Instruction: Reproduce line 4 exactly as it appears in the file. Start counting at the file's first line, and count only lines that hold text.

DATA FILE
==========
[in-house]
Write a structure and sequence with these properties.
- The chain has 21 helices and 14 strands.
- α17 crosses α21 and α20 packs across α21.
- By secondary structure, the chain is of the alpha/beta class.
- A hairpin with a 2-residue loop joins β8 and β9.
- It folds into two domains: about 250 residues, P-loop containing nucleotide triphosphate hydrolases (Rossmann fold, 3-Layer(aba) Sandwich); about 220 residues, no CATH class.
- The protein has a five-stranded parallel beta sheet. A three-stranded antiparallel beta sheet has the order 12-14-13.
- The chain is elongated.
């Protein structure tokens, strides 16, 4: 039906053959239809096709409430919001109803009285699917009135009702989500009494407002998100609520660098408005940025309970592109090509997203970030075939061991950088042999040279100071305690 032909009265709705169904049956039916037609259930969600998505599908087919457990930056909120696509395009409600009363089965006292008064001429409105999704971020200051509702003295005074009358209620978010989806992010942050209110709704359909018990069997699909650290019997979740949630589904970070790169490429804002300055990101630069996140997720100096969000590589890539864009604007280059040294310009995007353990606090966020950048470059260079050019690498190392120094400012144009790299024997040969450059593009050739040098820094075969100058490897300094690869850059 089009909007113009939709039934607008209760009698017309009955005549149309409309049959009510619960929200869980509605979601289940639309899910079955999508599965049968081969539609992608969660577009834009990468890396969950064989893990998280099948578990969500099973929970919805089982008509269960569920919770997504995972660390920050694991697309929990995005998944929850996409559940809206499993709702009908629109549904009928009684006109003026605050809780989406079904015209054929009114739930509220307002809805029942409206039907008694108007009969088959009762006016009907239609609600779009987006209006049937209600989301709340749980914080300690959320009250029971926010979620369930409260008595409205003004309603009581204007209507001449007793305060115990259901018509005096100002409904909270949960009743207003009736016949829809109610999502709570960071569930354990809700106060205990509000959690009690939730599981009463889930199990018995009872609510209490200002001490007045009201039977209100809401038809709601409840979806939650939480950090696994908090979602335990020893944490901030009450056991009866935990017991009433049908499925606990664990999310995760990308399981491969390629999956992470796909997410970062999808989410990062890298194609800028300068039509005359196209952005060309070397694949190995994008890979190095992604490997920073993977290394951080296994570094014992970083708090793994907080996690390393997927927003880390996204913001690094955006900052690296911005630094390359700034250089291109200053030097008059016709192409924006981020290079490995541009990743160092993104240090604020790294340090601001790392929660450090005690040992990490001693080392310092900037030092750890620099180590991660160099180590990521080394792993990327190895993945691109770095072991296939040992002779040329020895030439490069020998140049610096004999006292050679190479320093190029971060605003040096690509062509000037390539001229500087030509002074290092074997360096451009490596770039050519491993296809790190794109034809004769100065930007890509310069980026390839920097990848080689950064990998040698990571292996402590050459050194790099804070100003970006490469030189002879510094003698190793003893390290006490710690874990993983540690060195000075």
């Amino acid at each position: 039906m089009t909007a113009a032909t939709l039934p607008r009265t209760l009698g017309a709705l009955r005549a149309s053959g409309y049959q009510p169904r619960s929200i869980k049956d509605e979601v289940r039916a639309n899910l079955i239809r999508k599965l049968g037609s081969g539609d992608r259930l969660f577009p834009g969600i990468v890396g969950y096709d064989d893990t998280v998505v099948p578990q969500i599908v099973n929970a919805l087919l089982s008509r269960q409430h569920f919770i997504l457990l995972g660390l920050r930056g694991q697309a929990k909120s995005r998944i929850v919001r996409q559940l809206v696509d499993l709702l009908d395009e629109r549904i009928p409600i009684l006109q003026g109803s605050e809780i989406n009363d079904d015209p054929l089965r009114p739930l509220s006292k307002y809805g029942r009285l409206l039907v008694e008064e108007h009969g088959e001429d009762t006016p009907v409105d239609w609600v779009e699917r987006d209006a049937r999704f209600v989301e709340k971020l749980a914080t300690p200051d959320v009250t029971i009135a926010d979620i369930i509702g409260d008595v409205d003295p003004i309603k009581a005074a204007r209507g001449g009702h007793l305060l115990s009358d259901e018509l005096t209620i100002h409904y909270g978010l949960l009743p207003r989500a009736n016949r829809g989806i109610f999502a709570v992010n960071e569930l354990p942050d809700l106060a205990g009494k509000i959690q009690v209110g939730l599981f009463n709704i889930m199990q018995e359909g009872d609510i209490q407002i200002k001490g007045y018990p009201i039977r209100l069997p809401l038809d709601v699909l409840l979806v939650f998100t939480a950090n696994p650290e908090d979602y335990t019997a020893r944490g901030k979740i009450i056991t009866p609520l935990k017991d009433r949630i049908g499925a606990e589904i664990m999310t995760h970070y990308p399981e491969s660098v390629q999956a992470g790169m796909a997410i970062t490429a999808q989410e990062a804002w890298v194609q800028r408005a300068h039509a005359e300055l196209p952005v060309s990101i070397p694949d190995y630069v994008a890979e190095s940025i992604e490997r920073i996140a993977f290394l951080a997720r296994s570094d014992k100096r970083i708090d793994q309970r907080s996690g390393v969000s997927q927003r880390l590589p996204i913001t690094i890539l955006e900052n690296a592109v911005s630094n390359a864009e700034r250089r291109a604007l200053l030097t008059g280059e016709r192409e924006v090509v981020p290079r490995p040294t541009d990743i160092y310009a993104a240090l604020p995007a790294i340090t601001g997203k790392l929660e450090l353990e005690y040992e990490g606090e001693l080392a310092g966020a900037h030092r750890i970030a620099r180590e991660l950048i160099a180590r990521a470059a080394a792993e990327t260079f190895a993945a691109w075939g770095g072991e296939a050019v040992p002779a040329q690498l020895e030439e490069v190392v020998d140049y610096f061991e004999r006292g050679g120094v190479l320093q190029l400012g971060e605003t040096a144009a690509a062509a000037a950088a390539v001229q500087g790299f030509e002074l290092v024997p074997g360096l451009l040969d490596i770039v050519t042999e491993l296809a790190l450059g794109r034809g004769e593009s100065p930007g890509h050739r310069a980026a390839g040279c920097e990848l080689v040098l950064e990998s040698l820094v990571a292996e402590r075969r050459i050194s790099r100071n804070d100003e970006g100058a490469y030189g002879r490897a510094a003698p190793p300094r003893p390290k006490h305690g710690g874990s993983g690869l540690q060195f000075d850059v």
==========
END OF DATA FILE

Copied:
- α17 crosses α21 and α20 packs across α21.